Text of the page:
ATR-7 off Boothbay, ME., date unknown
Submitted by Donald Taber
to the National Association of Fleet Tug Sailors
Awards, Citations and Campaign Ribbons
Precedence of awards is from left to right
American Campaign Medal - World War II Victory Medal
ATR-1 CLASS RESCUE TUGLaid down in 1943 at Frank L. Sample Shipyard,
Launched (date unknown)
Commissioned USS ATR-7 10 Feb. 1944
Decommissioned 13 May 1946
Struck from the Naval Register in 1946
Final Disposition, Sold to the Philippines
SPECIFICATIONSDisplacement 852 t.(lt) 1,360 t.(fl)
Length 165' 6" Beam 33' 4"
Draft 15' 6" Speed 12 kts.
Armament one 3"/50 dual purpose gun mount,
two single 20mm gun mounts
Propulsion triple-expansion reciprocating
steam engines, single screw, 1,600 hp
Sample BUILT ATR-7 THRU ATR-12 all disposed of in 1946.
See: WWII TUGS
History of ATR-7
from government and navy service records, names withheld on request
ATR-7 was built several miles east of Bath, Maine at the Frank Sample Shipyard in Boothbay Harbor. She was a gray ocean going tug, 165 feet long with a wooden hull. She had a very high and blunt bow of solid oak, reinforced with a large steel plate shield on the outside. On the forward deck was a 3"/50gun, above the gun deck stood the steel pilot house and bridge wings. Back of the bridge was a large steel smokestack, a boat deck with a motor launch on the port side and a motor whale boat on the starboard side. Beneath the boat deck, the long fan tail extended to the stern about 75 feet, only a few feet above the waterline, a typical feature of a vessel design for towing.Continued On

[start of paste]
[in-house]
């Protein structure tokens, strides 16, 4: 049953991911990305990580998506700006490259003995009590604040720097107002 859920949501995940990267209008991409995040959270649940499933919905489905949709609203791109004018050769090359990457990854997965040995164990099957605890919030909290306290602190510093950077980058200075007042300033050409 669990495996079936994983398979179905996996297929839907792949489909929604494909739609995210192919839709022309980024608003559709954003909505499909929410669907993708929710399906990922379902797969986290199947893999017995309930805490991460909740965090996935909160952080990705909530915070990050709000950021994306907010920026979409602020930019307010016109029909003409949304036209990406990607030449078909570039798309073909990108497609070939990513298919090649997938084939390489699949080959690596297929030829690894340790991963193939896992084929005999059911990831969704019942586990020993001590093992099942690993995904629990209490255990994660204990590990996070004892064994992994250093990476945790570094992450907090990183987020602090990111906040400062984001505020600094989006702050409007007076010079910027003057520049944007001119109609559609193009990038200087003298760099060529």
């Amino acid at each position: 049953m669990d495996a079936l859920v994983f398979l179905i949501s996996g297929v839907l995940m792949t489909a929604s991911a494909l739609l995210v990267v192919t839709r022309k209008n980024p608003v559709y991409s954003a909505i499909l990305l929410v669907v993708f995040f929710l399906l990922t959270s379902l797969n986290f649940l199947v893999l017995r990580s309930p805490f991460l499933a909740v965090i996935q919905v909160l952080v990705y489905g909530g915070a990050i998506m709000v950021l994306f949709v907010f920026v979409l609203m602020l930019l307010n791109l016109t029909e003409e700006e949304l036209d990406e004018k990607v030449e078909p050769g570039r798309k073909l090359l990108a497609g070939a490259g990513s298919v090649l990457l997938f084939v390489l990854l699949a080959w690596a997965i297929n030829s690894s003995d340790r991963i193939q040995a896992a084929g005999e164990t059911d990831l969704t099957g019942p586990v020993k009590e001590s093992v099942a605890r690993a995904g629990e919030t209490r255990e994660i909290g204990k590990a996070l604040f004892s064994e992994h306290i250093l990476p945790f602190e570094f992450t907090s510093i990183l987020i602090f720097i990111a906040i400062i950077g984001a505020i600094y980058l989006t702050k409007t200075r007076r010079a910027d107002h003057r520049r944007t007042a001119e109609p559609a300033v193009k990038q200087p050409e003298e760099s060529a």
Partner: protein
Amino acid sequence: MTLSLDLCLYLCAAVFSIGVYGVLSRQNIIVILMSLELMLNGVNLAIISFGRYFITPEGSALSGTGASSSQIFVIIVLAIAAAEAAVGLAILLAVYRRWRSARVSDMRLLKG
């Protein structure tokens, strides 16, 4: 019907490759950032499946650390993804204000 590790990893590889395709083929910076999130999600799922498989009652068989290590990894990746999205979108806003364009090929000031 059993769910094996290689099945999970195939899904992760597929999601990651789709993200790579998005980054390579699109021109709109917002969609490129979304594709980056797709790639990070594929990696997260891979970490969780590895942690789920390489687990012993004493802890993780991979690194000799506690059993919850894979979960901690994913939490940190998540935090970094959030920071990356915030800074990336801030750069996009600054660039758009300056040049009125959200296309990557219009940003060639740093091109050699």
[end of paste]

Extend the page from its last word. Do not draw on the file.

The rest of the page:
The new crew trooped on board and were put under the charge of BM2. YN2 met the Captain, EO, BMW, and MMW. SK1 an YN2 shared a small office the size of a broom closet just off the mess hall. The interior of the ship was built of wood except for the bridge and main deck cabins. She was newly painted, had wood molding and paneling in the wardroom. Everything was most attractive in varnished birch wood, as fine as a private yacht. The crews quarters were below the main deck with three-tier bunks. The head (washroom) was on the main deck forward of the wardroom in the bow. There were three tables in the mess hall with a bench along each side, all securely bolted onto the green linoleum covered deck. Adjoining the mess hall was the galley with a large oil fired stove and stainless steel steam kettle. Really, all the necessities one would need to be quite comfortable.
At 1050 on Thursday morning 10 February 1944, Officers and enlisted men were assembled on the fan tail for the short commissioning ceremony with a cold New England winter wind sweeping off Boothbay Harbor. After dignitaries left the ship, the remainder of the day was spent getting familiar with the new home. At the end of the proceedings "Captain" assumed command and they were ready to go to sea. The commissioning pennant was unfurled in the icy winter wind of Maine. Preparations were made for getting the ship underway the following morning.
ABBREVIATIONS for crew identification
used throughout this manuscript